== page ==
Financial expenses primarily consist of gains and losses due to fluctuations in foreign currency exchange rates.

 

Taxes on Income

 

We have not generated taxable income since our inception, and had carry forward tax losses as of December 31, 2017 of $144.9 million. We anticipate that we will be able to carry forward these tax losses indefinitely to future tax years. Accordingly, we do not expect to pay taxes in Israel until we have taxable income after the full utilization of our carry forward tax losses.

 

We recognize deferred tax assets on losses for tax purposes carried forward to subsequent years if utilization of the related tax benefit against a future taxable income is expected. We have not created deferred taxes on our tax loss carry forward since their utilization is not expected in the foreseeable future.

 

Critical Accounting Policies and Significant Judgments and Estimates

 

This management’s discussion and analysis of our financial condition and results of operations is based on our financial statements, which have been prepared in accordance with IFRS. The preparation of these financial statements requires us to make estimates and assumptions that affect the reported amounts of assets and liabilities and the disclosure of contingent assets and liabilities at the date of the financial statements, as well as the reported expenses incurred during the reporting periods. Estimates and judgments are continually evaluated and are based on historical experience and other factors, including expectations of future events that are believed to be reasonable under the circumstances.

 

We make estimates and assumptions concerning the future. The resulting accounting estimates will, by definition, seldom equal the related actual results. The estimates and assumptions that have a significant risk of causing a material adjustment to the carrying amounts of assets and liabilities within the next financial year are discussed below.

 

Revenue

 

In 2017, the Company signed a license and supply agreement. In determining the amounts to be recognized as revenue, the Company used its judgement in the following main issues:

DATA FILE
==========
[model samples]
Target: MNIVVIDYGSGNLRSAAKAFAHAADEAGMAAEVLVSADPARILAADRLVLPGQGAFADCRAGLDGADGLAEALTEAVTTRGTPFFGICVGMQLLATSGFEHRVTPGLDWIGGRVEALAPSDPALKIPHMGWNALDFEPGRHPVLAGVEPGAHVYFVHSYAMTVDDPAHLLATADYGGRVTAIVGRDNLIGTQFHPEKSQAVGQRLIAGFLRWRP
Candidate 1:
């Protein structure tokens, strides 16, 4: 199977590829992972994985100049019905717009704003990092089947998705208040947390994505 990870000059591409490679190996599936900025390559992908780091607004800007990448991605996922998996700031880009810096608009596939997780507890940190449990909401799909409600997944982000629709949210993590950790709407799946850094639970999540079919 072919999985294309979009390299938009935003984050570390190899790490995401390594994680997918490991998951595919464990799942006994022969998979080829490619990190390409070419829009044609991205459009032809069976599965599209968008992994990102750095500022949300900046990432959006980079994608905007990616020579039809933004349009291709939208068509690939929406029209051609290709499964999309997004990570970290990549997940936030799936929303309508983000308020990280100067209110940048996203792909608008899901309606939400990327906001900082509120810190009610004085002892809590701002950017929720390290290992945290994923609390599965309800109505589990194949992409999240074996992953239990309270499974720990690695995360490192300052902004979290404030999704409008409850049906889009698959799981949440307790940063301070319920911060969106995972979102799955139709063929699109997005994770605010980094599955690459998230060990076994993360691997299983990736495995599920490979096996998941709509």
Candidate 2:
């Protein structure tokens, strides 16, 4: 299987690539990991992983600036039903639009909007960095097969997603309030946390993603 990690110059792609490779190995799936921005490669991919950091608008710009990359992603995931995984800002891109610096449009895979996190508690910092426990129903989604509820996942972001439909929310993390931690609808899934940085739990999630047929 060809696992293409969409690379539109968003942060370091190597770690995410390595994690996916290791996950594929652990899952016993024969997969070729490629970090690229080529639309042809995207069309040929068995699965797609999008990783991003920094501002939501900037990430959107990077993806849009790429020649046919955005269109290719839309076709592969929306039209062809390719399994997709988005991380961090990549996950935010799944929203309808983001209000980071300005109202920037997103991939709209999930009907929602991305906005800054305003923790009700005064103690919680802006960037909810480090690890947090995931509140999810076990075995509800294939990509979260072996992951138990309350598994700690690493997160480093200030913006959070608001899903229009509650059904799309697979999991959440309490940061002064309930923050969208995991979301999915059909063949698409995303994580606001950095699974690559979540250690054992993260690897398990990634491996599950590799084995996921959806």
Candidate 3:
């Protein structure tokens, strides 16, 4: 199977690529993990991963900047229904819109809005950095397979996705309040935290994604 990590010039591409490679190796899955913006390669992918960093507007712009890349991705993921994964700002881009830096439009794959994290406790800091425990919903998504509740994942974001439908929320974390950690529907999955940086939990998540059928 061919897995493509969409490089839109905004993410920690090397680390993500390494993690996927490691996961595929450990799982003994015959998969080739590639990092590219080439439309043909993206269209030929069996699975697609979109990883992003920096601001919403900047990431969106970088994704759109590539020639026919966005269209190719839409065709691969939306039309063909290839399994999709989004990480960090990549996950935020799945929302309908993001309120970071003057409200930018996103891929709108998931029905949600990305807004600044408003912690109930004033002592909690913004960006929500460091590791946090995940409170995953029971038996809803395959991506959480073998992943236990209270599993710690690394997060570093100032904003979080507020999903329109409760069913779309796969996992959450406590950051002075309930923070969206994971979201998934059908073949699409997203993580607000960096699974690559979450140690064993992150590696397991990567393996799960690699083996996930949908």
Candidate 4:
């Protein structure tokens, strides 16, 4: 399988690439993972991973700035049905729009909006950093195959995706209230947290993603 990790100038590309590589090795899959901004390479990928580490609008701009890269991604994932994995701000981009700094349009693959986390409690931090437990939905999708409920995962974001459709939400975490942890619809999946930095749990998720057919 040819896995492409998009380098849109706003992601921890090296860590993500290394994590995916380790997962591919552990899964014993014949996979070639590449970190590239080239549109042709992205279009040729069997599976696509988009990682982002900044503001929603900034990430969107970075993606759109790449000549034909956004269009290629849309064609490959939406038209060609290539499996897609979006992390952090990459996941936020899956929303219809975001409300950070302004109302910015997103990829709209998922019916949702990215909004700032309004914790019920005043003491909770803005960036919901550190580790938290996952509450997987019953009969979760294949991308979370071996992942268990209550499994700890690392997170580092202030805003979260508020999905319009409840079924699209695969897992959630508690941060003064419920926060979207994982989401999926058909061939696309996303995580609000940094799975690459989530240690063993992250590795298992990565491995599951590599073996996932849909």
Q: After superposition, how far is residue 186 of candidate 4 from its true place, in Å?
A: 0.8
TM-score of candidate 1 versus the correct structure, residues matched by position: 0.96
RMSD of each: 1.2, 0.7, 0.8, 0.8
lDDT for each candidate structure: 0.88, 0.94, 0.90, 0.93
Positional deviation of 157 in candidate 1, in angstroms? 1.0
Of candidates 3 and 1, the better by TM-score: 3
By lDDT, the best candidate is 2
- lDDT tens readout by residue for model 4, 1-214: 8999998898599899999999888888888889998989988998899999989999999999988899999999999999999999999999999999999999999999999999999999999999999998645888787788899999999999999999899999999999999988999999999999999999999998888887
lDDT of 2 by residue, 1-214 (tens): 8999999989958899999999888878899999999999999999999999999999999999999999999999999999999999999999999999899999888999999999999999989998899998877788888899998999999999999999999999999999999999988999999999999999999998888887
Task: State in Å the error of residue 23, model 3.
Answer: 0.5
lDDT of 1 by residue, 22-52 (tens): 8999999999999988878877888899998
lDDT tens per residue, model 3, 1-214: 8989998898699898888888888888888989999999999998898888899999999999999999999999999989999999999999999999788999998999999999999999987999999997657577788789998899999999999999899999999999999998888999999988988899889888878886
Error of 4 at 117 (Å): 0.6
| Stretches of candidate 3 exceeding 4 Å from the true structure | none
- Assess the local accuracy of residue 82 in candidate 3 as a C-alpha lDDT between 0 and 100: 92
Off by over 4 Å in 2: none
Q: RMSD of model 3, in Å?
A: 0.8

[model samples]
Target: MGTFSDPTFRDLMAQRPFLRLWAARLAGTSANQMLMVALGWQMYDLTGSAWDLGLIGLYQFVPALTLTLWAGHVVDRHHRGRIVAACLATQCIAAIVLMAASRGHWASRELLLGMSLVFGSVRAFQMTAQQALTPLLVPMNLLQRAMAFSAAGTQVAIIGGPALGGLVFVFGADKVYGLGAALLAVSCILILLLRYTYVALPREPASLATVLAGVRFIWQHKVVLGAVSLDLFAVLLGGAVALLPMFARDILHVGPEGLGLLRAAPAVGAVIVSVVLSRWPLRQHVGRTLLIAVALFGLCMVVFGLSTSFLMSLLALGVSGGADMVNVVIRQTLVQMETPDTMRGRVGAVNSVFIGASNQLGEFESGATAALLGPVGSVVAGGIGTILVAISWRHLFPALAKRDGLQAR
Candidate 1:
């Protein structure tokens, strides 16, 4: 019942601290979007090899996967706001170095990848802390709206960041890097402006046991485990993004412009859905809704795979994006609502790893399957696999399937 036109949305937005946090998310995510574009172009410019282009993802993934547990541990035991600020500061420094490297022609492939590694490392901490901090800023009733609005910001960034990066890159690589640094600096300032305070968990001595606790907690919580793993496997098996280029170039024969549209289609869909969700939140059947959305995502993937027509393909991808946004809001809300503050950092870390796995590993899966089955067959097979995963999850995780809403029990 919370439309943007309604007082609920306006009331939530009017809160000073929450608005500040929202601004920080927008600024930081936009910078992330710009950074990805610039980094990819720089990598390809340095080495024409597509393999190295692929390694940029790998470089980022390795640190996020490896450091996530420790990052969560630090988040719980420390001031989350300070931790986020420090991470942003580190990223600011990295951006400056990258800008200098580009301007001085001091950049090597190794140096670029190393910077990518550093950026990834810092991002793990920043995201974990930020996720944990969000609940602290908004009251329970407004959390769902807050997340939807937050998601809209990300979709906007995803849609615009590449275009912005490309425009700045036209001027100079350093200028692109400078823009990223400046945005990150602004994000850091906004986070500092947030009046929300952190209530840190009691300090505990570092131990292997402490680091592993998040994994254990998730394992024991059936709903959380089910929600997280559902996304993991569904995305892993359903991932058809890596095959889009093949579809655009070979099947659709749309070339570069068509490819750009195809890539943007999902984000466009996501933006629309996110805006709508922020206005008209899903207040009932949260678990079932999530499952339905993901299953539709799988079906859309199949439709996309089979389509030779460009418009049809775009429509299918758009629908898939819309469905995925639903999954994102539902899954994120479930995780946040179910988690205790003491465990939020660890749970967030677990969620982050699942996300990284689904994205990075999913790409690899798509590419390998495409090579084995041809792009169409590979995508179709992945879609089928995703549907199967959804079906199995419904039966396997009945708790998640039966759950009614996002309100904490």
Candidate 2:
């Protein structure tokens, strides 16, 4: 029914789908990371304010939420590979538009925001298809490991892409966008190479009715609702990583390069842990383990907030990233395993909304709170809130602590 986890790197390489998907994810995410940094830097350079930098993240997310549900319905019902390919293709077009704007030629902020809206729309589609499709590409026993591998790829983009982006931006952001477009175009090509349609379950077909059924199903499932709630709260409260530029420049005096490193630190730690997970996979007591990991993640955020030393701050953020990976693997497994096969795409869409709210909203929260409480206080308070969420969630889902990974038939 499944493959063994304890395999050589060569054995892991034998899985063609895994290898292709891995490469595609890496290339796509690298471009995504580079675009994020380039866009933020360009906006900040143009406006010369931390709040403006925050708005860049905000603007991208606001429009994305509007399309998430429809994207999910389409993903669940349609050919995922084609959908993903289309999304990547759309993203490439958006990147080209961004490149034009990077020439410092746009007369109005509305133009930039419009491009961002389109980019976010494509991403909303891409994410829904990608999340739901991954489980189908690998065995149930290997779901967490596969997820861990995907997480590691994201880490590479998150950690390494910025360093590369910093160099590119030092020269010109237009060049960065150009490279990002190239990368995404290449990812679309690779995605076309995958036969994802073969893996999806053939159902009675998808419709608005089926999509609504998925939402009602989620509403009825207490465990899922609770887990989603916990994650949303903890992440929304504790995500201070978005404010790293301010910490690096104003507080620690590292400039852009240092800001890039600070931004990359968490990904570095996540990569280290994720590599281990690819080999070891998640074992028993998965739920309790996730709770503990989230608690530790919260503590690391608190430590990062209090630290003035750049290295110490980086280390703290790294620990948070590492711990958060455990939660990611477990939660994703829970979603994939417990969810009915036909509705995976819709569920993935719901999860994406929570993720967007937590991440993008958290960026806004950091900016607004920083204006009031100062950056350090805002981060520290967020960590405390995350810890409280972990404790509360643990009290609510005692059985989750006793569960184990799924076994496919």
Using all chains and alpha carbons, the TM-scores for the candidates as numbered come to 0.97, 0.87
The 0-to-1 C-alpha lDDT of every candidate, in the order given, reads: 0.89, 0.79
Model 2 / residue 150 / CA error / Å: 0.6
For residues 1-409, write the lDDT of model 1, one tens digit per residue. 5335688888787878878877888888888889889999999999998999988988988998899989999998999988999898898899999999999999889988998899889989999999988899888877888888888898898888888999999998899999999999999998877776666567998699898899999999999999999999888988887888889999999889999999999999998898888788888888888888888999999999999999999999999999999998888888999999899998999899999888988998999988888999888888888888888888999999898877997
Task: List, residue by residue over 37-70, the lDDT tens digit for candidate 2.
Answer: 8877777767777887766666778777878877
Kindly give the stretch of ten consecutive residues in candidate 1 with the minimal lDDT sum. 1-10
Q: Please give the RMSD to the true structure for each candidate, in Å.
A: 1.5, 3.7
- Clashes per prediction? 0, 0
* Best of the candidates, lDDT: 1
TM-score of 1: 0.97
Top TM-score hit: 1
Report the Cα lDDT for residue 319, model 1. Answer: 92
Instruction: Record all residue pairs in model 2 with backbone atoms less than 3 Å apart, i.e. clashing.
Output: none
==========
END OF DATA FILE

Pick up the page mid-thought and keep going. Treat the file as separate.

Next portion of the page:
Identifying the performance obligations in the agreement and determining whether the license provided is distinct - based on the Company’s analysis, the license is distinct as the licensee is able to benefit from the license on its own at its current stage (inter alia, due to sublicensing rights, rights and responsibility for development in the territory, etc.).

 

Allocation of the transaction price - the Company estimated the standalone selling prices of the services to be provided based on expected cost plus a margin and used the residual approach to estimate the standalone selling price of the license as the Company has not yet established a price for the license, and it has not previously been sold on a standalone basis.

 

Variable consideration consists of potential future milestone payments. The Company determined that all such variable consideration shall be allocated to the license (the satisfied performance obligation).

 

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Share-Based Compensation

 

We operate a number of equity-settled, share-based compensation plans for employees (as defined in IFRS 2 “Share-Based Payments”), directors and service providers. As part of the plans, we grant employees, directors and service providers, from time to time and at our discretion, options and RSU’s to purchase our ordinary shares. The fair value of the employee and service provider services received in exchange for the grant of the options and RSU’s is recognized as an expense in our statements of comprehensive loss and is carried to additional paid in capital in our statements of financial position. The total amount is recognized as an expense ratably over the vesting period of the options, which is the period during which all vesting conditions are expected to be met.

 

We estimate the fair value of our share-based awards to employees and directors using the Black-Scholes option pricing model, which requires the input of highly subjective assumptions, including (a) the expected volatility of our shares, (b) the expected term of the award, (c) the risk-free interest rate, and (d) expected dividends. Due to the lack of a public market for the trading of our shares until October 2014 and a lack of company-specific historical and implied volatility data, we have based our estimate of expected volatility on the historic volatility of a group of similar companies that are publicly traded. For options granted since 2015, the expected volatility was calculated using weighted average and was based on the stock price volatility of the Company since October 1st, 2014 (IPO date) and the remaining years on the stock price volatility of similar companies.